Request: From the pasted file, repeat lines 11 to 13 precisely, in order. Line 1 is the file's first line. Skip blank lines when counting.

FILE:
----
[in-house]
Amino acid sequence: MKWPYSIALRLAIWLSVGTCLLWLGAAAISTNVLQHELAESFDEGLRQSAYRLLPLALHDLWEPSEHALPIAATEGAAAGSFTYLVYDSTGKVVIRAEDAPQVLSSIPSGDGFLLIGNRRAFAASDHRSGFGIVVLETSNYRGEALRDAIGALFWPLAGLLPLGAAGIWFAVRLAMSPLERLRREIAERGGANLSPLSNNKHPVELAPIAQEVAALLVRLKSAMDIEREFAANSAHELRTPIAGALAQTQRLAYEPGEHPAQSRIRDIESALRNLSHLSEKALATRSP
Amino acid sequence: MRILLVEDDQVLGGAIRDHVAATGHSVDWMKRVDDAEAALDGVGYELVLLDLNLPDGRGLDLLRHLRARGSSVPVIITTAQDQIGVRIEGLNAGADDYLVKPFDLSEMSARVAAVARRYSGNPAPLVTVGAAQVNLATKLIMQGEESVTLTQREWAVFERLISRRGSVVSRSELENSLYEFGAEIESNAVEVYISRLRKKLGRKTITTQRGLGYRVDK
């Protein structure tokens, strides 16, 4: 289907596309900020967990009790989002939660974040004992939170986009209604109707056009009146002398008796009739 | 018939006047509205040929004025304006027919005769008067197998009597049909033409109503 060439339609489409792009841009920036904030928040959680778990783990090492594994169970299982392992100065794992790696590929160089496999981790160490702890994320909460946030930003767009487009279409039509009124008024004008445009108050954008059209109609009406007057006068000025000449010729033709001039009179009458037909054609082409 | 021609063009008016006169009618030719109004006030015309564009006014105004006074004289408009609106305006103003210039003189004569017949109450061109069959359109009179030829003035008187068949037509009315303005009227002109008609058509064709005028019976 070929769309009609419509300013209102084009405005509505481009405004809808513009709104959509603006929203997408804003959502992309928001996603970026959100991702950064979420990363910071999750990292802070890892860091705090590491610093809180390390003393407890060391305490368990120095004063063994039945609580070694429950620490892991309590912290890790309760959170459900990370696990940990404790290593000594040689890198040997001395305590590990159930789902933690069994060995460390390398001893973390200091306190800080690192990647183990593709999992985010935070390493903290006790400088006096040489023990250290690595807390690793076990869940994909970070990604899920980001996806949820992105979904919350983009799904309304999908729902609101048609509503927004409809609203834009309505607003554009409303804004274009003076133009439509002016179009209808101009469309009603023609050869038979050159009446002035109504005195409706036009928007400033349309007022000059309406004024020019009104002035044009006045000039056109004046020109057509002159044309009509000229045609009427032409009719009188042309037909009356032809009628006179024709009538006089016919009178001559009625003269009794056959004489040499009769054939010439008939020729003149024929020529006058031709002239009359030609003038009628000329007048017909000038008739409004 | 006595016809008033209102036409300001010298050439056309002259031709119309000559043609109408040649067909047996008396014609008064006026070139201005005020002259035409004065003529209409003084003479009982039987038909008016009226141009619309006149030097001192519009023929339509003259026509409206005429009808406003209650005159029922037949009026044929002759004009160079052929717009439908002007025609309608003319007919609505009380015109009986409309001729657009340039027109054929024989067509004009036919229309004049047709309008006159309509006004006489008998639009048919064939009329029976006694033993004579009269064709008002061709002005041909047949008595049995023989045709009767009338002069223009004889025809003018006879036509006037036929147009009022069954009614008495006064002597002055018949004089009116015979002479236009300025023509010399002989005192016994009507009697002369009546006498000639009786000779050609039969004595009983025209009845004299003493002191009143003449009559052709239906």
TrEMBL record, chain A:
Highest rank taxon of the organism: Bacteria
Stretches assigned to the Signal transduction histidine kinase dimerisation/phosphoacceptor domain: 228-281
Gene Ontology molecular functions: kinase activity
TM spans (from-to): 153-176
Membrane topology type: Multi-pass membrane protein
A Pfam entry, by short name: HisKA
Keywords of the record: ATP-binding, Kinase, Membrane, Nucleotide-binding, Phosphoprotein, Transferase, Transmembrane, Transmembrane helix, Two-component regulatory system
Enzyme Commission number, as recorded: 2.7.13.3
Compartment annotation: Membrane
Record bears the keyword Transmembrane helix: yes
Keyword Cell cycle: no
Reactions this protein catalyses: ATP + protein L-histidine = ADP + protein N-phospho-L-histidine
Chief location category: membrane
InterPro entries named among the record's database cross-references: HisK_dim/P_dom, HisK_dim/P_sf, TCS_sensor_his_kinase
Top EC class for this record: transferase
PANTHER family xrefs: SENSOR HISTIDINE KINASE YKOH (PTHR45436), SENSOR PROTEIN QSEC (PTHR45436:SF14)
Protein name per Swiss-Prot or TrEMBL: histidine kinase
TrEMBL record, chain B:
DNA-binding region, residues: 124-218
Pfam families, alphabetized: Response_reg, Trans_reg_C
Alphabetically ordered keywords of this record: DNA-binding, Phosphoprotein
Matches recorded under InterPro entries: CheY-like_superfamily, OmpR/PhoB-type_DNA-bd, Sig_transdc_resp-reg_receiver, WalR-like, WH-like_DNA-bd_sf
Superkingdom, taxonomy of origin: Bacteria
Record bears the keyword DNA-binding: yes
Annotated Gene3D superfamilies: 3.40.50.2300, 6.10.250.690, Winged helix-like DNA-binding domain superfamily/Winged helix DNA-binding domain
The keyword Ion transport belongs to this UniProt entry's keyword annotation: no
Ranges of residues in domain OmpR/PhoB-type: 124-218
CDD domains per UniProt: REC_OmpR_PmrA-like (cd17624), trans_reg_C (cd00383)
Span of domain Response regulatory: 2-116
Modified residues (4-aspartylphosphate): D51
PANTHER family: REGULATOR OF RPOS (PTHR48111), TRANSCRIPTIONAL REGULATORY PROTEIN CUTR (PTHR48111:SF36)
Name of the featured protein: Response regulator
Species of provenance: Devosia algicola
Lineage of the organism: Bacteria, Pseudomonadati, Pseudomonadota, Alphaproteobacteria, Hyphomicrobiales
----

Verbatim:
A Pfam entry, by short name: HisKA
Keywords of the record: ATP-binding, Kinase, Membrane, Nucleotide-binding, Phosphoprotein, Transferase, Transmembrane, Transmembrane helix, Two-component regulatory system
Enzyme Commission number, as recorded: 2.7.13.3